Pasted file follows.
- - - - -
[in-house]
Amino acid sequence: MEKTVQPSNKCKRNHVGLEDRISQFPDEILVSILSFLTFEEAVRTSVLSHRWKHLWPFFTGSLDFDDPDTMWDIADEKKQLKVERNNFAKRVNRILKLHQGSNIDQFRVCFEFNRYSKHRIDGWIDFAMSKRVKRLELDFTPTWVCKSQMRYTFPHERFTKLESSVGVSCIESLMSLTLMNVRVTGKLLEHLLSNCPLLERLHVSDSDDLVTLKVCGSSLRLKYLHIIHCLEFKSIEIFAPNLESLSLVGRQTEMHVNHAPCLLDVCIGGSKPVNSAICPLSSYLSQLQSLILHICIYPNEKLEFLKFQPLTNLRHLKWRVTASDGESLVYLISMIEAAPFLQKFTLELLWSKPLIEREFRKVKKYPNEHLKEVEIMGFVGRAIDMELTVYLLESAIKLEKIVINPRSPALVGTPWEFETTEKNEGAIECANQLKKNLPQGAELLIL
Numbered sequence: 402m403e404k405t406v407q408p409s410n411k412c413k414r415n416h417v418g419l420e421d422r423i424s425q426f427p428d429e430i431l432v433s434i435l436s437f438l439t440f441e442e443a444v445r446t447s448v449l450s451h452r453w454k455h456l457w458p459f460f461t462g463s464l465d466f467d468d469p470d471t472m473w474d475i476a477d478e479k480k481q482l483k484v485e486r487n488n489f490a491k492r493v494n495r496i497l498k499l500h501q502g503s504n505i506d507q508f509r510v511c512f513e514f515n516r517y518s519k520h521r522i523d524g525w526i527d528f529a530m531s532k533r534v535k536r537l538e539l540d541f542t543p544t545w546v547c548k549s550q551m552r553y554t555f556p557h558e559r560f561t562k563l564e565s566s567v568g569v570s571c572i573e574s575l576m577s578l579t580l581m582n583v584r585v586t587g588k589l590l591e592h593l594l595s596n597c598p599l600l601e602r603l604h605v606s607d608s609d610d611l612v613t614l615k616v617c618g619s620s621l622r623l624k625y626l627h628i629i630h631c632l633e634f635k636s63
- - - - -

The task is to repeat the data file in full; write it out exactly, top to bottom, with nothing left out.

[in-house]
Amino acid sequence: MEKTVQPSNKCKRNHVGLEDRISQFPDEILVSILSFLTFEEAVRTSVLSHRWKHLWPFFTGSLDFDDPDTMWDIADEKKQLKVERNNFAKRVNRILKLHQGSNIDQFRVCFEFNRYSKHRIDGWIDFAMSKRVKRLELDFTPTWVCKSQMRYTFPHERFTKLESSVGVSCIESLMSLTLMNVRVTGKLLEHLLSNCPLLERLHVSDSDDLVTLKVCGSSLRLKYLHIIHCLEFKSIEIFAPNLESLSLVGRQTEMHVNHAPCLLDVCIGGSKPVNSAICPLSSYLSQLQSLILHICIYPNEKLEFLKFQPLTNLRHLKWRVTASDGESLVYLISMIEAAPFLQKFTLELLWSKPLIEREFRKVKKYPNEHLKEVEIMGFVGRAIDMELTVYLLESAIKLEKIVINPRSPALVGTPWEFETTEKNEGAIECANQLKKNLPQGAELLIL
Numbered sequence: 402m403e404k405t406v407q408p409s410n411k412c413k414r415n416h417v418g419l420e421d422r423i424s425q426f427p428d429e430i431l432v433s434i435l436s437f438l439t440f441e442e443a444v445r446t447s448v449l450s451h452r453w454k455h456l457w458p459f460f461t462g463s464l465d466f467d468d469p470d471t472m473w474d475i476a477d478e479k480k481q482l483k484v485e486r487n488n489f490a491k492r493v494n495r496i497l498k499l500h501q502g503s504n505i506d507q508f509r510v511c512f513e514f515n516r517y518s519k520h521r522i523d524g525w526i527d528f529a530m531s532k533r534v535k536r537l538e539l540d541f542t543p544t545w546v547c548k549s550q551m552r553y554t555f556p557h558e559r560f561t562k563l564e565s566s567v568g569v570s571c572i573e574s575l576m577s578l579t580l581m582n583v584r585v586t587g588k589l590l591e592h593l594l595s596n597c598p599l600l601e602r603l604h605v606s607d608s609d610d611l612v613t614l615k616v617c618g619s620s621l622r623l624k625y626l627h628i629i630h631c632l633e634f635k636s63